Education experts and secondary school administrators discussed expanding minority access to Advanced Placement learning and finding solutions to the disconnect between secondary schools and colleges in student preparation throughout America’s education system.
More than seven decades after the founding of Israel, the momentum to establish a Jewish state has led to remarkable achievements: stable structures in government, the military and the economy. At the same time, as the country faces a range of issues in how it deals with coexistence, it also faces significant challenges to its democratic processes.
Hoover Institution fellow Jack Goldsmith discusses: the illegal surveillance of his stepfather Chuckie by the feds; J. Edgar Hoover and the origins of FBI surveillance; Robert F. Kennedy's war on Jimmy Hoffa; why prosecutorial discretion is one of the government's most dangerous powers; Goldsmith's challenge to Bush's post-9/11 surveillance program; and much more.
Hoover Institution fellow Elizabeth Economy discusses China’s mounting economic challenges, progress on economic reform efforts, and the likely long-term economic and geopolitical effects of the US-China trade war.
The Hoover Institution Library & Archives have obtained the papers of Wojciech Jaruzelski (1923–2014), first secretary of the Polish United Workers Party (1981–89), prime minister of Poland (1981–85) and head of state (1985–90).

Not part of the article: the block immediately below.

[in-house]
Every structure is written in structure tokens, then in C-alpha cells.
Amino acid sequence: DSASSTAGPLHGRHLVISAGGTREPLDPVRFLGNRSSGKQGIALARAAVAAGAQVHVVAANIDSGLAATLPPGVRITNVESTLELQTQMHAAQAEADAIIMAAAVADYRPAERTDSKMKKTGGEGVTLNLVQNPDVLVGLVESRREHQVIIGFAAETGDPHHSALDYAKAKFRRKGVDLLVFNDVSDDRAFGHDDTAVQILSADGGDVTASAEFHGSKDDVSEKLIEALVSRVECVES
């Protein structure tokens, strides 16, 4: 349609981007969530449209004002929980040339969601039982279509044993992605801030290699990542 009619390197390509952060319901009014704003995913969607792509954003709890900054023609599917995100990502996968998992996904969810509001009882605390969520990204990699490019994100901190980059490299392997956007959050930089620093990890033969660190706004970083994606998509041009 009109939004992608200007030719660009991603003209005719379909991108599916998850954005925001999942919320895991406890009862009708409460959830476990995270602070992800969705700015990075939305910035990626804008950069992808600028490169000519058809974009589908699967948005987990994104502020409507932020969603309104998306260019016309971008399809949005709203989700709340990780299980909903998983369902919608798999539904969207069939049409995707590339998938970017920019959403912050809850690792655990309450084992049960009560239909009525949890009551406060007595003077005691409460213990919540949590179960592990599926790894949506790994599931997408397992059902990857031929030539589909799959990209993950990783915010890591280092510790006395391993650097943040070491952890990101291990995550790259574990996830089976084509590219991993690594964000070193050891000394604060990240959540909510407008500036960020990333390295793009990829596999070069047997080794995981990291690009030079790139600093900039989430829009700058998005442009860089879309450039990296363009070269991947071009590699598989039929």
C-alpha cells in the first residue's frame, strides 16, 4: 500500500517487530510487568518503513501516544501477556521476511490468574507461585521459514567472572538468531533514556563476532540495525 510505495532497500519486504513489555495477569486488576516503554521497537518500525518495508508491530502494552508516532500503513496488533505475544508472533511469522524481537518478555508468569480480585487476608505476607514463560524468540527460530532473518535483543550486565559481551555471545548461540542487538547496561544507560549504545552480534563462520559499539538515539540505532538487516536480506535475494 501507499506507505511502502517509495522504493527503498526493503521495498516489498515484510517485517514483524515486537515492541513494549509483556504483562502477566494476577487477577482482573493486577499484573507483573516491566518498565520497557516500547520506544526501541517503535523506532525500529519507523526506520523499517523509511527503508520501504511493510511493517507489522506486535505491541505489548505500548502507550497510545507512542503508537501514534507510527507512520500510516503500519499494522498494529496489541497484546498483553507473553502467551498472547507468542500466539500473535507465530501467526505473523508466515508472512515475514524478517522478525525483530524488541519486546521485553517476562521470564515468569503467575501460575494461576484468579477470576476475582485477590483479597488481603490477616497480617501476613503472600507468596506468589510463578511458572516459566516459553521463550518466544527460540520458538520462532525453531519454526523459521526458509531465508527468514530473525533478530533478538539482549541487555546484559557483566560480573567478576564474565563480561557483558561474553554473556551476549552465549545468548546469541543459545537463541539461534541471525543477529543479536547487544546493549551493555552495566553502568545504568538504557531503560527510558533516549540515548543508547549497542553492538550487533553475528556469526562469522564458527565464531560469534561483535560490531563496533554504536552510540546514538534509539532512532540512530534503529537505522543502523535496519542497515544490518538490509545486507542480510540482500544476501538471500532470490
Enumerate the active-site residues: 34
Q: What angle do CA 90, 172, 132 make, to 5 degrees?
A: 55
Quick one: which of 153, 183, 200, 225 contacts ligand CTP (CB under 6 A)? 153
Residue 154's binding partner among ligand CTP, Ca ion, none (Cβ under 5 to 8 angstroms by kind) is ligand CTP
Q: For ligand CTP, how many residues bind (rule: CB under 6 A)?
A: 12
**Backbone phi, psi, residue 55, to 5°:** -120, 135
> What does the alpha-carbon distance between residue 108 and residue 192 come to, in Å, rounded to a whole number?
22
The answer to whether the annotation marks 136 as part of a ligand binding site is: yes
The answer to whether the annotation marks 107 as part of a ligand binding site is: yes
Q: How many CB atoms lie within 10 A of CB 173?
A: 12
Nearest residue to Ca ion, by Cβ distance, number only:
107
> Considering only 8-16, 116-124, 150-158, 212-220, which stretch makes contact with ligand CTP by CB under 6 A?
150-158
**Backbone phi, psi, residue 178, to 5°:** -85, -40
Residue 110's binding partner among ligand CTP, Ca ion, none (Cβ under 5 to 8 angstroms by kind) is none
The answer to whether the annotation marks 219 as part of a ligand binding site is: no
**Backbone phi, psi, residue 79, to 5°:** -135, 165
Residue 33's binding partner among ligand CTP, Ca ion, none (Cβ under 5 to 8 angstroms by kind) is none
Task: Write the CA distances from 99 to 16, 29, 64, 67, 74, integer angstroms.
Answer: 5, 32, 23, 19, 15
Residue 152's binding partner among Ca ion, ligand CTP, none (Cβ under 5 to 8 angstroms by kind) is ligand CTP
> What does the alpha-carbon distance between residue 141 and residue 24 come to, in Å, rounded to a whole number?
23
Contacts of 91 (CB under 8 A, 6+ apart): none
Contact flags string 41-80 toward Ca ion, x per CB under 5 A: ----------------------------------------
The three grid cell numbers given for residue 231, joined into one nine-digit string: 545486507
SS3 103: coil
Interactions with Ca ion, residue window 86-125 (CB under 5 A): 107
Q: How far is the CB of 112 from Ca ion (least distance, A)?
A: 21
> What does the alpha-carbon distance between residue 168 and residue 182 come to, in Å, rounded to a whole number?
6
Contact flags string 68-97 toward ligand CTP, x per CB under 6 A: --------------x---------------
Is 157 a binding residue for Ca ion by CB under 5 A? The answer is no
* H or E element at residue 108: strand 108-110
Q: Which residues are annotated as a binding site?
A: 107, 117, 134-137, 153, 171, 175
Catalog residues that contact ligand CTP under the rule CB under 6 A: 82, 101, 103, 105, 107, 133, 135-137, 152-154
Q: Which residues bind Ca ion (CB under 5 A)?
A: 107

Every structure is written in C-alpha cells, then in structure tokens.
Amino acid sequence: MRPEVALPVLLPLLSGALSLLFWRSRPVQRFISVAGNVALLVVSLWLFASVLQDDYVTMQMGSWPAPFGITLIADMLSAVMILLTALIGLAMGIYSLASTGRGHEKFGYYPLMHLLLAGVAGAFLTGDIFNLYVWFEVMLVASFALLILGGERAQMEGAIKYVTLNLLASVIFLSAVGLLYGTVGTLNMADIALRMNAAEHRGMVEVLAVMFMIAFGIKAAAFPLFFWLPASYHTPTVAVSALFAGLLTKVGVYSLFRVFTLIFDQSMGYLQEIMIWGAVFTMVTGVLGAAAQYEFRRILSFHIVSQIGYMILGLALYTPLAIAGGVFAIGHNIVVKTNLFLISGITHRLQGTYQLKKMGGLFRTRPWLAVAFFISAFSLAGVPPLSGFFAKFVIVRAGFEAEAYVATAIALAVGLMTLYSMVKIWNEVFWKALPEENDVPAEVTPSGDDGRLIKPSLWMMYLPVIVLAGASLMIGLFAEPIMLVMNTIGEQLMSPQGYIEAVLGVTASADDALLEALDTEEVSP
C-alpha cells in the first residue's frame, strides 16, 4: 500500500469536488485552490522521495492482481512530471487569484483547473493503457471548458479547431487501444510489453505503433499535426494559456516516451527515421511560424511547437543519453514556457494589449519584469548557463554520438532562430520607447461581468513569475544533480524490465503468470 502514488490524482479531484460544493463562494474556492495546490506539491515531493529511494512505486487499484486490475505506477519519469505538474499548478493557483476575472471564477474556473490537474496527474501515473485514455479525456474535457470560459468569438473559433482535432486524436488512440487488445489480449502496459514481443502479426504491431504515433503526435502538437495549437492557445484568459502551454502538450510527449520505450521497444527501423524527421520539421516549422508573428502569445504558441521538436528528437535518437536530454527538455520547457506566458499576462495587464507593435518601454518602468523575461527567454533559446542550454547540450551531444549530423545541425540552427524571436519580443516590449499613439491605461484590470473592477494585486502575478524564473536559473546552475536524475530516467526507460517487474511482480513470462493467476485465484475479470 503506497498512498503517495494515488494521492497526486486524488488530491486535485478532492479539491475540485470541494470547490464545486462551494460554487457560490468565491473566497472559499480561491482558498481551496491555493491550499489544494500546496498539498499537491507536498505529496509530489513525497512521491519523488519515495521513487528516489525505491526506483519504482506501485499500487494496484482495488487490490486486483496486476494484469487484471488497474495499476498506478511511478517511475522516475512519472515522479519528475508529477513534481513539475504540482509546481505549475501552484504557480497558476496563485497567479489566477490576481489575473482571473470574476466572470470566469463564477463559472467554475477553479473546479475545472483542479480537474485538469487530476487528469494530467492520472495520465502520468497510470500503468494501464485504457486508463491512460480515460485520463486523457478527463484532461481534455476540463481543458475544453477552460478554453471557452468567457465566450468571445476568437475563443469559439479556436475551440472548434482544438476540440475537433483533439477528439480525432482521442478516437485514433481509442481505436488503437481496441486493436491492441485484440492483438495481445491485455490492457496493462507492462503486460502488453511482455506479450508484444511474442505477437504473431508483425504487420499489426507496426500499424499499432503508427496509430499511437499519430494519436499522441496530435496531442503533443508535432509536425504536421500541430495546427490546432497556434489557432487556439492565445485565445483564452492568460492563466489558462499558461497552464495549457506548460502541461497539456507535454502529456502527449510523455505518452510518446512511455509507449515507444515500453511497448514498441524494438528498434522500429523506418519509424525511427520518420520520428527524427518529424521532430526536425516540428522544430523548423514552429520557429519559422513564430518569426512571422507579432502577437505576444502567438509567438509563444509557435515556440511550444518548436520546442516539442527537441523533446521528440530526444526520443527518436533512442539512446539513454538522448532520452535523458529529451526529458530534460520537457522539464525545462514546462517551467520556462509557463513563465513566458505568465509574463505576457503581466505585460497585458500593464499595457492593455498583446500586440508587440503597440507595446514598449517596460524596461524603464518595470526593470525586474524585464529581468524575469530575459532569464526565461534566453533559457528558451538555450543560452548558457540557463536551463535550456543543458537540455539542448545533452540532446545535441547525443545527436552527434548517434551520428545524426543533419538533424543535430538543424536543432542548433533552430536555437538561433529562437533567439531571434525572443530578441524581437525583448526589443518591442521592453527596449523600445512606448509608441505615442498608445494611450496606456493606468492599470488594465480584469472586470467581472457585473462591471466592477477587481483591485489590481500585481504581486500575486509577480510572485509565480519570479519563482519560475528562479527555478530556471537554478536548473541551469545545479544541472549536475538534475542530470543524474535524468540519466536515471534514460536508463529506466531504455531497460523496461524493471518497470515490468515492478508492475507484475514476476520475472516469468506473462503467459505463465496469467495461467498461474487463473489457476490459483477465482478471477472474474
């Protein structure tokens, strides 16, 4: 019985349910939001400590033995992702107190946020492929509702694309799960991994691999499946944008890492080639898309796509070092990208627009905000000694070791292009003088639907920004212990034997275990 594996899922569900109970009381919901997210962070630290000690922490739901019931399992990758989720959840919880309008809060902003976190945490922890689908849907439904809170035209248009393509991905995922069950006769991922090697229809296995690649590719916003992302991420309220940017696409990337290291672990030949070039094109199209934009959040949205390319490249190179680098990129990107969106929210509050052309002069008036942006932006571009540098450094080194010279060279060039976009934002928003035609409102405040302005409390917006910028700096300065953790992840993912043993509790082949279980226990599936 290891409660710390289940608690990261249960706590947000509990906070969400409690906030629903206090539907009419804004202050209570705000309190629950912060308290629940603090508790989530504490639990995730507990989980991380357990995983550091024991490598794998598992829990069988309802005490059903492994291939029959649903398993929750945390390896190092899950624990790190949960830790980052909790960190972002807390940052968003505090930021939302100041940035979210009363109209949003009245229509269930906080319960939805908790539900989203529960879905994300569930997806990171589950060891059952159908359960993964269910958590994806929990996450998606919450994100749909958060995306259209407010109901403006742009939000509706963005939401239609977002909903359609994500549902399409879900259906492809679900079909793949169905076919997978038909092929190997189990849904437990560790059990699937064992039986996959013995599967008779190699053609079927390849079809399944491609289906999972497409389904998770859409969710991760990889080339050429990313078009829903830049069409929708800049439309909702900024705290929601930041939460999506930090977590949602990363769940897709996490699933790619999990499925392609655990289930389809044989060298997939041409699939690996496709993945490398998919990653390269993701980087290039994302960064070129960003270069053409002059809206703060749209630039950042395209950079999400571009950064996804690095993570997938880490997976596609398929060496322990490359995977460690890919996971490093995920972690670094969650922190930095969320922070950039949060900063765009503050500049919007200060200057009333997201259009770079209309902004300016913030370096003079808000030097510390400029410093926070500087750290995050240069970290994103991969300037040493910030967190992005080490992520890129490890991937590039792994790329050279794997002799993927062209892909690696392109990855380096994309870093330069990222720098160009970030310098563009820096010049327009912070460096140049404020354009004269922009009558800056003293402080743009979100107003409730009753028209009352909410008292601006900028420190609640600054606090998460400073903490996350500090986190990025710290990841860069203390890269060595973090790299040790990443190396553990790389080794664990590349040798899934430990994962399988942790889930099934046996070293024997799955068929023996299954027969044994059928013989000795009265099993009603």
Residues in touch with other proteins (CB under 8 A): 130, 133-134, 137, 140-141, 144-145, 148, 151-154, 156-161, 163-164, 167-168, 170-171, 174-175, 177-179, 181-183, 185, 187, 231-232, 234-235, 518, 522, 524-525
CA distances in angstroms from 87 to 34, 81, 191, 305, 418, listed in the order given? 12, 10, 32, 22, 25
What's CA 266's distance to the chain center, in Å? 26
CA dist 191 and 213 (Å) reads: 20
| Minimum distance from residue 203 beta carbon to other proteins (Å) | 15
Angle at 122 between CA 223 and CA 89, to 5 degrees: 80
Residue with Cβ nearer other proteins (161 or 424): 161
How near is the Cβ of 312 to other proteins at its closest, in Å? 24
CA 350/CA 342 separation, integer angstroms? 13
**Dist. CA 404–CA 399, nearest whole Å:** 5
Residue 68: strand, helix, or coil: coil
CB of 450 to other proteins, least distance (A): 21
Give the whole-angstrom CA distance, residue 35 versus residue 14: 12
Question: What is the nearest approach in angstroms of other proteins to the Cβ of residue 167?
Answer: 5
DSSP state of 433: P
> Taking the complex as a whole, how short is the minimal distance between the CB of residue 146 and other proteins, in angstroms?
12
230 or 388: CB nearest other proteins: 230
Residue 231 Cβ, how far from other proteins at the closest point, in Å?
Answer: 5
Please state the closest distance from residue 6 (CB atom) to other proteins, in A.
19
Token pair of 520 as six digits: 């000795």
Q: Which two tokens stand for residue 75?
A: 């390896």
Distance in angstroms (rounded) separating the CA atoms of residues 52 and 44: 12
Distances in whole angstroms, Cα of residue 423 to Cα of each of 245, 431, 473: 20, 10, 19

A band of Democratic presidential hopefuls is pitching a tax on wealth as a way to reduce economic inequality while funding ambitious public projects. Adopting one could bring big changes to Silicon Valley, a global hotspot of wealth thanks to the tech industry.
Even as hedge funds and smaller broker-dealers lean more heavily on the biggest U.S. banks for borrowing in repo markets, the lenders’ cash holdings have been declining, reducing their ability to jump in and relieve pressure when rates spike.
Buddhist Church of San Francisco (BCSF), established in 1898, is the oldest Japanese American Buddhist church (temple) in the United States. The church and its key members played a leadership role in shaping the pre-WWII Japanese American community.
Of all the naïve nonsense that emits from the mouths of young people today, perhaps the most annoying is the constant and ignorant presumption that, somehow, the land within America’s borders doesn’t truly belong to the people who reside here, because the majority are the descendants of people who have migrated from European countries in centuries past. Ostensibly, this land was “stolen” by European settlers hundreds of years ago from the people who happened to live here before.
It’s been a full year since China arbitrarily imprisoned Michael Kovrig and Michael Spavor in retaliation for the arrest of Meng Wanzhou. Since then Canadians have watched a series of events unfold, ranging from the pork ban to outlandish remarks from Chinese diplomats. Meanwhile, we’ve learned more about the one million Uyghur Muslims held against their will in camps in China’s western province.
On Friday, December 13 The Washington Post Live will welcome General James Mattis (Ret.) for Securing Tomorrow with Washington Post columnist David Ignatius closely following the recent Washington Post report detailing never-before-seen confidential documents about the war in Afghanistan.